Healthcare Quarterly

Healthcare Quarterly 6(2) December 2002 : 8-8.doi:10.12927/hcq..16647

Quarterly Letters: Creating New Conversations

Hugh MacLeod


Taken together, the articles by Alan Hudson, "The First 200 Days: Cancer Leadership in Ontario," and Shamian-Ellen/Leatt, "Emotional Intelligence," (Eds. note: See Hospital Quarterly, Fall 2002) touch on issues of culture, relationships, communications, responsibility, accountability, appreciation, learning, and foundational values. These are never-ending challenges to people who wish to lead organizations.
The observations made in the articles are offered in the spirit of progress - that is, they represent an acknowledgement that a new attitude to leadership and management is required in our dramatically shifting environment and arena of public expectations that affects healthcare in Canada today. There is a growing appetite in public service today for a more decisive and action-oriented form of leadership; but also for a deeper commitment to justice, equality and citizen engagement. In order to survive, leaders must respond to this prevailing public sentiment while focusing unwaveringly on the purpose and reasons for them to be leading in the first place.

The articles also explore the need to create new conversations about what we value, about how healthcare-consumer focused we are, and about the quality of our work life. New conversation leads to new relationships, which are the arena of action for leadership. To quote R. Shortt, "What goes on between people defines what an organization is." I would add to this and "what it can become." Creating new conversations through healthy relationships is also a fundamental underpinning of accountability.

In the healthcare sector, with its traditional command-and-control systems, structures and processes, "accountability" is often about "who is to blame?" Real accountability is about keeping agreements and performing jobs in a respectful atmosphere. It is about learning, truth, change and growth. It is not about fear and punishment. We need to learn from our "best mistakes" and continuously improve the system for which we assume stewardship. Accountability is often a misunderstood word. It is regularly confused with the concept of responsibility. To be responsible means to do what one has committed oneself to do, through the simple act of accepting one's job or position. Accountability, on the other hand, refers to the process of accounting for the achievement of one's responsibility. It is the process by which one demonstrates fidelity to that obligation or purpose. Leaders must be able to account to others for appropriate exercises of responsibility if they are to retain credibility in their leadership role.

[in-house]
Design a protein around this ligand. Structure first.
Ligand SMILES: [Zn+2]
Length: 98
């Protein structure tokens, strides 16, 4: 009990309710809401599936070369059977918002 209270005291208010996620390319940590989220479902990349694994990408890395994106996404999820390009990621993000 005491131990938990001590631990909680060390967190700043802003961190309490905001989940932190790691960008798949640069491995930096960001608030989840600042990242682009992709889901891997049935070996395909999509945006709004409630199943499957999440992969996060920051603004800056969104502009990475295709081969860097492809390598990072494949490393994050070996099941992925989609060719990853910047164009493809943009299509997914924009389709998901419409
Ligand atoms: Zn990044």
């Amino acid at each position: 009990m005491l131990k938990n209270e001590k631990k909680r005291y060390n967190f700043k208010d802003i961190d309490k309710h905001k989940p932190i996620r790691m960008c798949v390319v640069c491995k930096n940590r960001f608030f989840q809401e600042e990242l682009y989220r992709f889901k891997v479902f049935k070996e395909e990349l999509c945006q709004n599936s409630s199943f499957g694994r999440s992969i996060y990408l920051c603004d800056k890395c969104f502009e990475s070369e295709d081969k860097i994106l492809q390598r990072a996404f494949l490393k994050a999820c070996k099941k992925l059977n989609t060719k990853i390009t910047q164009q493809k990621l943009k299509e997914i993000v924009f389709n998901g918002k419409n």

The articles suggest that to be open to large-scale change, leaders must create literal openings and emptyings that ensure the emergence of a new vision that articulates new-shared values. This opening requires discipline and courage - discipline to resist knee-jerk reactions and courage to separate from old patterns, structures and processes that are no longer useful to the evolving organization. Finally, the articles underscore the need for leaders to ask the right questions at the right time. Framing the question, and timing it in a manner that creates commitment to learning, is vital to an organization's continual improvement.

About the Author(s)

Hugh MacLeod
Senior Vice President, Vancouver Coastal Health Authority


Be the first to comment on this!

Note: Please enter a display name. Your email address will not be publically displayed